Israel, on the other hand, is taking a different approach.

According to a Ynet ( article by Nissan Shtrauchler, "Fifty people, most of them kabbalists join flight aimed at containing epidemic by prayer.

"On Monday morning an Arkia airlines plane took off from Lod Airport (near Tel Aviv) carrying rabbis and kabbalists and flew over the country in a flight aimed at preventing the swine flu virus from spreading in Israel through prayers.

Picky editor's note: I doubt the writer intended to suggest that H1N1 was spread by praying, but that prayers were offered to prevent the spread of the malady.

"The purpose of the flight was to stop the epidemic, thus preventing further deaths' explained Rabbi Yitzhak Batzri whose father, Rabbi David Batzri had initiated the flight. We are certain that because of our prayers danger is already behind us, he added."

The cartoon, by Yaakov Kirschen, is at

As an Enterprise Risk Management practitioner, I think I would use a combination of both the Moslem and the Israeli "mitigation" measures. For the non-religious reader, trust me, there is at least a psychological benefit for those who want to "cover their bets."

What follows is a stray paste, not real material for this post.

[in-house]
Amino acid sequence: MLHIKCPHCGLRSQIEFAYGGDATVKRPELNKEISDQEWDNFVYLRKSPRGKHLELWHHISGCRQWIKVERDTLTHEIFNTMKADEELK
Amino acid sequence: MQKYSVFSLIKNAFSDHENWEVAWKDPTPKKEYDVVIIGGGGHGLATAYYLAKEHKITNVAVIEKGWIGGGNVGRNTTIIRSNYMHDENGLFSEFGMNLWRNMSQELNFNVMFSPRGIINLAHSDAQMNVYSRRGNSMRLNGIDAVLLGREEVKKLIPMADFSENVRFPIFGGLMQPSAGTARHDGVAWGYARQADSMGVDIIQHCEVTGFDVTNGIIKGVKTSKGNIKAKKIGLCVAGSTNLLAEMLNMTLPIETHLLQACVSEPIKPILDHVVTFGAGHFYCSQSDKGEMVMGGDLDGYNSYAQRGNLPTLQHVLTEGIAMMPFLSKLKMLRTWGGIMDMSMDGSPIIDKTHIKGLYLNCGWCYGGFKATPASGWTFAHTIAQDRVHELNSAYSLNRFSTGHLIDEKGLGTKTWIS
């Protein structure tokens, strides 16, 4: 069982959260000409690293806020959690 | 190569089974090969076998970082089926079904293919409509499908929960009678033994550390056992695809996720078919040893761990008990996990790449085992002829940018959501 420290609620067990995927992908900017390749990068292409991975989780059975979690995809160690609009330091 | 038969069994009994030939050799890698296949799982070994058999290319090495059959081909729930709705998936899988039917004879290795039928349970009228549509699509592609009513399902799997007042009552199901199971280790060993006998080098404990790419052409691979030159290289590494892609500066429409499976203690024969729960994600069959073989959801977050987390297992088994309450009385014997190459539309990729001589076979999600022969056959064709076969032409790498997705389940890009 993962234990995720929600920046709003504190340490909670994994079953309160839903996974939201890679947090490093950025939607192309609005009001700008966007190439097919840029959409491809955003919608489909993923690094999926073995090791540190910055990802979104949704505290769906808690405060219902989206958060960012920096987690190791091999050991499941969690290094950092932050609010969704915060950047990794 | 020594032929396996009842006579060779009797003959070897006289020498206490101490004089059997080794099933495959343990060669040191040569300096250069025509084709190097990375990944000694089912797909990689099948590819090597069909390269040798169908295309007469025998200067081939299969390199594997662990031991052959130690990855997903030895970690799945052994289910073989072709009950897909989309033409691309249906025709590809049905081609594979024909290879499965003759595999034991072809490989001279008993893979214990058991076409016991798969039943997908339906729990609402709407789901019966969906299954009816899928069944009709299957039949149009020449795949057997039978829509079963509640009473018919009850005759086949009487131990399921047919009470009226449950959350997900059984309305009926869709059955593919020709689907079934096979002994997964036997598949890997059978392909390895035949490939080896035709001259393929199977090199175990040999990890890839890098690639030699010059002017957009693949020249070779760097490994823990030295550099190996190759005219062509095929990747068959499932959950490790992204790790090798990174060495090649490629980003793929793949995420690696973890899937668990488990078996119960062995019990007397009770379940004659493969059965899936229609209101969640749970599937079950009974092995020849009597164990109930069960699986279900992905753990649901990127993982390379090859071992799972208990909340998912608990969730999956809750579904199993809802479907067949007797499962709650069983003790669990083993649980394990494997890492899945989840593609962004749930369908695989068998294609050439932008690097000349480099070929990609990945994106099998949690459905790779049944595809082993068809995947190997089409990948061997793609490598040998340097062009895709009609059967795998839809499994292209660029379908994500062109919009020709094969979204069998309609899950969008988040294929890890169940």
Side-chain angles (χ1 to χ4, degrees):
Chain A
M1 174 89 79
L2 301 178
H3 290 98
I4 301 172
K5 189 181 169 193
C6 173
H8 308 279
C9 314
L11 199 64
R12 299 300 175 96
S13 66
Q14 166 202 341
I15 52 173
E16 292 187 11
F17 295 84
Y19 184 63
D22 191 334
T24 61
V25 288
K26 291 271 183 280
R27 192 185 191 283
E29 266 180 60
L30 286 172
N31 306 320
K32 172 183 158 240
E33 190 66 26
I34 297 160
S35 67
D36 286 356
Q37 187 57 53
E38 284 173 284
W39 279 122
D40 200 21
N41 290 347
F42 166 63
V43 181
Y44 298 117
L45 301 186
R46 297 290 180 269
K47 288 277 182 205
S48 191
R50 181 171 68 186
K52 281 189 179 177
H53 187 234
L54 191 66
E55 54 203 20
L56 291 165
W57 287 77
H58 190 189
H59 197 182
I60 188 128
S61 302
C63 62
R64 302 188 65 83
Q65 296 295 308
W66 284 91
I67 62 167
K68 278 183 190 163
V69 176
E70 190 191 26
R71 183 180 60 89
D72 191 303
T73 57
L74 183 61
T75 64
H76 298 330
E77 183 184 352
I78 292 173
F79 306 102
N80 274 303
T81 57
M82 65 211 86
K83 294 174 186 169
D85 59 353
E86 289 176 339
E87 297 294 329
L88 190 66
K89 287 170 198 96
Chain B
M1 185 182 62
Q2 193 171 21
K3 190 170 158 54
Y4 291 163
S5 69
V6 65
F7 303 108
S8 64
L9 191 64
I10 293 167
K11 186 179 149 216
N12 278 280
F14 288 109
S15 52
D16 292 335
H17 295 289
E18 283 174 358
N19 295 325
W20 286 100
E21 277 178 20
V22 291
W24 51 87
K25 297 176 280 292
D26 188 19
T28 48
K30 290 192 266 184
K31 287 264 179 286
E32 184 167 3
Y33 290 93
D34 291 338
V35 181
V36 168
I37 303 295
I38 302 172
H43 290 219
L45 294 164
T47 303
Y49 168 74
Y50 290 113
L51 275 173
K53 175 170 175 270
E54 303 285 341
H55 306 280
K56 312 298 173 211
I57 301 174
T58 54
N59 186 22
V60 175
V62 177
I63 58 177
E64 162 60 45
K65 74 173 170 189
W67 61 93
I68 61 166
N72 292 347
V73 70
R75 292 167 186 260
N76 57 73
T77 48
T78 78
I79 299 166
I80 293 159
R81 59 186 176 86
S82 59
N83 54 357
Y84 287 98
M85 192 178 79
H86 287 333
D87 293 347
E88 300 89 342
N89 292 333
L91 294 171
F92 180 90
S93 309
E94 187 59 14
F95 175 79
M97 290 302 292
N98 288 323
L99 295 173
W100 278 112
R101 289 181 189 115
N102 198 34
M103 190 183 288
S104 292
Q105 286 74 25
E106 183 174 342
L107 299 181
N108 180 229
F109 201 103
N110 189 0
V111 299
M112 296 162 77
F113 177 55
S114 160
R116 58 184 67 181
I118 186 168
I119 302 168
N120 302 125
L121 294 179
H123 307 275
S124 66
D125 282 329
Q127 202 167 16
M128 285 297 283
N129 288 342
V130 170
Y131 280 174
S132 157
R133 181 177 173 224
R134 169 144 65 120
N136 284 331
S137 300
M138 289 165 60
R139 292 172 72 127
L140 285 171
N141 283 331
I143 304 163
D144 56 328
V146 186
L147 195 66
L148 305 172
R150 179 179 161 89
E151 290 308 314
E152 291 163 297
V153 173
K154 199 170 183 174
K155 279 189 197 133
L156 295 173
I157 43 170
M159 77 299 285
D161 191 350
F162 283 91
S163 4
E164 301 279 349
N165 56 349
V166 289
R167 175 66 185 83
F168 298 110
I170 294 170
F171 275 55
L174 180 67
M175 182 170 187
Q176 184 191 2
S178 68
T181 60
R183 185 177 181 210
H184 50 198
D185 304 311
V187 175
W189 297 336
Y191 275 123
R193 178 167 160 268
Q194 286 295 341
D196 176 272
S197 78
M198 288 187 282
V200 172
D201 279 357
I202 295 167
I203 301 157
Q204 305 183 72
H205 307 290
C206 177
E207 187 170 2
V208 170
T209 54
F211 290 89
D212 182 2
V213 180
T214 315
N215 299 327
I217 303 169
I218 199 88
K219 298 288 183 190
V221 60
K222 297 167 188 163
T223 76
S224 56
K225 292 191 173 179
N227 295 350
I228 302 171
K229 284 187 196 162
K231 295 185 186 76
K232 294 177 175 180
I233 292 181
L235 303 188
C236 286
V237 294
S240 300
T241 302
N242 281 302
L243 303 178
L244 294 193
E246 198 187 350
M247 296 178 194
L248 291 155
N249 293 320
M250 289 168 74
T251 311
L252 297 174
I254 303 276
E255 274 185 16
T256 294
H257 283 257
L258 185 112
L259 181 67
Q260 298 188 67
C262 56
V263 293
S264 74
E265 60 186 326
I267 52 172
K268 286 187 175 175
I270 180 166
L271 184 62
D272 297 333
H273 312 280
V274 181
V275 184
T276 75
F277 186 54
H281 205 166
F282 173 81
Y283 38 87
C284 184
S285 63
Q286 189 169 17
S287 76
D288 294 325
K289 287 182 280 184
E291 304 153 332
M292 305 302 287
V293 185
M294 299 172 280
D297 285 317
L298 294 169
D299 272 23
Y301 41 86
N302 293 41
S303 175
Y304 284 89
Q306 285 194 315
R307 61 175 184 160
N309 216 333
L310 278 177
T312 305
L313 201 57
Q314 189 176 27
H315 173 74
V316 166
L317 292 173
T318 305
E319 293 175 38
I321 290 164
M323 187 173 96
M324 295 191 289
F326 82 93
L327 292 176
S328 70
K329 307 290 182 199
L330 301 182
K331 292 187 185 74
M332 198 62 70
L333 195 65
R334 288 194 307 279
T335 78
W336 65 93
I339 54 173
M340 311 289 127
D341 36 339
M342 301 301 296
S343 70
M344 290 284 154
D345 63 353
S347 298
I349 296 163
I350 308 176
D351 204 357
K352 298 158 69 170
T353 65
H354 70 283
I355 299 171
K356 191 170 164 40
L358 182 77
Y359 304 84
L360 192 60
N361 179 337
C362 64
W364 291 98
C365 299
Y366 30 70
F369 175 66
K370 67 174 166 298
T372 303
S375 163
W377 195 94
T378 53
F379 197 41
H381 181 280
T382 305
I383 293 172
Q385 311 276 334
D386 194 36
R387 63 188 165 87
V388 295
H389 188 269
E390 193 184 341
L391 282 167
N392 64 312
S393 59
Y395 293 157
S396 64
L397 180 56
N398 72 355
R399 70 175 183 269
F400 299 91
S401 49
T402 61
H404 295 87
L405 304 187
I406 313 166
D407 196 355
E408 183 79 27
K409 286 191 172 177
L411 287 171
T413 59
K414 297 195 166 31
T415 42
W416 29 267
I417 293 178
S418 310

John Glenn, MBCI
Enterprise Risk Management/Business Continuity practitioner
Hollywood/Ft. Lauderdale Florida
Planner @  


Wednesday, August 5, 2009

ERM-BC-COOP: RT*M is not the answer


I used to be a technical writer. Before that, I cobbled together PR and marketing pieces, and before that I was an honest newspaperman.

I just acquired a new Sony-Ericsson mobile phone to replace one from the same company that gave out shortly after the two-year contract expired. (Planned obsolescence?)

Although I was not a "happy camper" with either Sony-Ericsson or my mobile provider, AT&T, because I travel overseas, I have to have a service with international roaming. Cingular, acquired by AT&T, at the time was the only provider that had the required service. (Actually, I found out later Verizon - with which I then had service - also had international roaming, but the Verizon store clerk was ignorant.)

Anyway, being a lukewarm to AT&T/Sony-Ericsson, I went to Verizon to see if it wanted my business back. Apparently Verizon has enough customers and couldn't see its way clear to make a deal.

Which brings me back to AT&T/Sony-Ericsson and the point of this exercise.

Unlike some people, I DO RT*M (Read The [expletive deleted] Manual); every English-language page. I read it for my car; I read it for my computer. So, when I got the new phone (a W760a, if anyone cares), I read the manual.